My neighbour generously gave me a large bag of rhubarb. I’ve never been that keen on rhubarb so have been searching for years for a recipe that I actually liked. I think I have found it in these Rhubarb and Strawberry Crumble Muffins – a recipe I stumbled upon on the Quince Tree blog. Sue has some incredible recipes on her blog, which is where I found the above pictured Pineapple-Chilli Salsa – an easy and healthy addition to so many meals, and only takes a minute to make!
As I was writing this a baby thrush flew in my living room window and gave me such a fright. It flew around the room then straight back at the window. I flung it wide open and it flew straight out again! I am thinking it might be a sign that I need to spend more time out of doors 🙂
So, I’m glad to be feeling better and hope to catch up with all your blogs soon. Emily has gone away to Soul Survivor Camp today and I have secret plans to redecorate her bedroom as a surprise. Though I may have overestimated my ability to get it all done in 6 days! I’d better get to work 🙂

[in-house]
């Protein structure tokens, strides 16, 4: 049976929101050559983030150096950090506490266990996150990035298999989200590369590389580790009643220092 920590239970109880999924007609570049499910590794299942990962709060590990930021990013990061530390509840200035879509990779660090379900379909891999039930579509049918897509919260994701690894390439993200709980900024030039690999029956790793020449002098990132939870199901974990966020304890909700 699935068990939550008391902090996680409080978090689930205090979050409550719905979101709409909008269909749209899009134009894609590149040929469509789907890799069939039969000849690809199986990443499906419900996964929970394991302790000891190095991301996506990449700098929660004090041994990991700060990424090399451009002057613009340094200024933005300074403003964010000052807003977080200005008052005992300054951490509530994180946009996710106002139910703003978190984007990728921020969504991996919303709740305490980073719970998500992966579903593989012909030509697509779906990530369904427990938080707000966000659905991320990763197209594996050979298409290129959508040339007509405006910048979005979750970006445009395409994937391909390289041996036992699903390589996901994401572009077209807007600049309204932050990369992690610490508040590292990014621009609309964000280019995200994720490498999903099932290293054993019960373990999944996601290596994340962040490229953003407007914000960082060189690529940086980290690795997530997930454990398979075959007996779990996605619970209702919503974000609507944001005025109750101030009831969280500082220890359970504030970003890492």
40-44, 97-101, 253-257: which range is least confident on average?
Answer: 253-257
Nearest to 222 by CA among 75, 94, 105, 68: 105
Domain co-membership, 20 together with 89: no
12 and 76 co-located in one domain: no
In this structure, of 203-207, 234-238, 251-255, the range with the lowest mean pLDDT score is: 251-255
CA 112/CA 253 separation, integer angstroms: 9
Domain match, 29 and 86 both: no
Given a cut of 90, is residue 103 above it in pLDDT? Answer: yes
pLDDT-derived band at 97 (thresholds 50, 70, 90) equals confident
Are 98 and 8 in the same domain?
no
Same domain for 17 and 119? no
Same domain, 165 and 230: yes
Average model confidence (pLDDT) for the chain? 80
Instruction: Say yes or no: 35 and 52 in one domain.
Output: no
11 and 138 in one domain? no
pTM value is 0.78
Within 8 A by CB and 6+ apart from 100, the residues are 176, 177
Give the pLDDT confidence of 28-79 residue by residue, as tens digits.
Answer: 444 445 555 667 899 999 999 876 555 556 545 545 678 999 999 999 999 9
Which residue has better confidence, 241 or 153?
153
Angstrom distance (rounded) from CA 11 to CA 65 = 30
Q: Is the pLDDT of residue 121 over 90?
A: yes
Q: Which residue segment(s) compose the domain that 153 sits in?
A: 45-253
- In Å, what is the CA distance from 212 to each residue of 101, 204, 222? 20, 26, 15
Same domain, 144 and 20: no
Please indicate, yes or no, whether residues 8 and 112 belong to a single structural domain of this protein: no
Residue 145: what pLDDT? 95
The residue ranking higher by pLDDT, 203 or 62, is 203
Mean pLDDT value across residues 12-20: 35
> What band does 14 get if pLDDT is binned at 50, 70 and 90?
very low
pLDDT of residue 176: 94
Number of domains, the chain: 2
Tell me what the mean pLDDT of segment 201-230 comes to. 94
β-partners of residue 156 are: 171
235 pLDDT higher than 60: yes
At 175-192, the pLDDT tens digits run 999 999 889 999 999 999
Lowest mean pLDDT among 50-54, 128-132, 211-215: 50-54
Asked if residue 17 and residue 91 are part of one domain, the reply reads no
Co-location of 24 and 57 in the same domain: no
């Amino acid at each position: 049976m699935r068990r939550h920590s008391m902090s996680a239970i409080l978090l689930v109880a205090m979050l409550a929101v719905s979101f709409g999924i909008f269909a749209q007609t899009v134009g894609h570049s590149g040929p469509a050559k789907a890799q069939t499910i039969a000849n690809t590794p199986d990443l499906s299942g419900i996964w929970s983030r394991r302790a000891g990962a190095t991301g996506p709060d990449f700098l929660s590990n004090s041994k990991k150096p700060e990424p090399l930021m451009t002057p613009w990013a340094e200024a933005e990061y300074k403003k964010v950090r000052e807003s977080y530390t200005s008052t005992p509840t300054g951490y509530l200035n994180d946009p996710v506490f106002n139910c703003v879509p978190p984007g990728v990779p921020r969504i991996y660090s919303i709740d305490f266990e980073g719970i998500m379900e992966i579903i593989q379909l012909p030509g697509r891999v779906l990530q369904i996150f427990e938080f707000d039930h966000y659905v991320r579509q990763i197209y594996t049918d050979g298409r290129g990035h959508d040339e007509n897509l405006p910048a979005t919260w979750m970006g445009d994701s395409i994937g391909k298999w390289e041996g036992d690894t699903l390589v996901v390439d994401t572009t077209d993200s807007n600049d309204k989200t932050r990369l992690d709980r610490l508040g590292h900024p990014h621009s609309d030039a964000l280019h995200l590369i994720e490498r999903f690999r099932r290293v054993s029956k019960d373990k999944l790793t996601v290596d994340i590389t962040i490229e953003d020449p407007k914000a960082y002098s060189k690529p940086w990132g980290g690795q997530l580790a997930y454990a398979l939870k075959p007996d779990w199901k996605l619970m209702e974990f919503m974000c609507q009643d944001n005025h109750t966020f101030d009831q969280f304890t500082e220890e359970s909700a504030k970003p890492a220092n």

Cats love to sit in the most peculiar places, don’t they? At least this one does.
Bo is absolutely adored in this house. It is hard to imagine that a cat could get more attention than this one. Jay, Emily and I dote on her every minute that she deigns to come home and grace us with her presence. She revels in all the attention she receives. We just love her funny behaviours. She sits sometimes and stares at the wall for several minutes, or jumps up randomly at nothing in particular.
She both hates and is fascinated by running water. Her favourite places to sit are in any kind of basket or vaguely round-shaped thing that she can squeeze herself into. Another favourite spot is on top of my computer. Then she’ll look up at me, as if daring me to move her, with that ‘butter wouldn’t melt in my mouth’ kinda face. She knows very well she can get away with pretty much anything she likes. She does this especially when I have an assignment due – it’s as if she has a sixth sense about these things. Not only Zen kitty, but psychic kitty too 🙂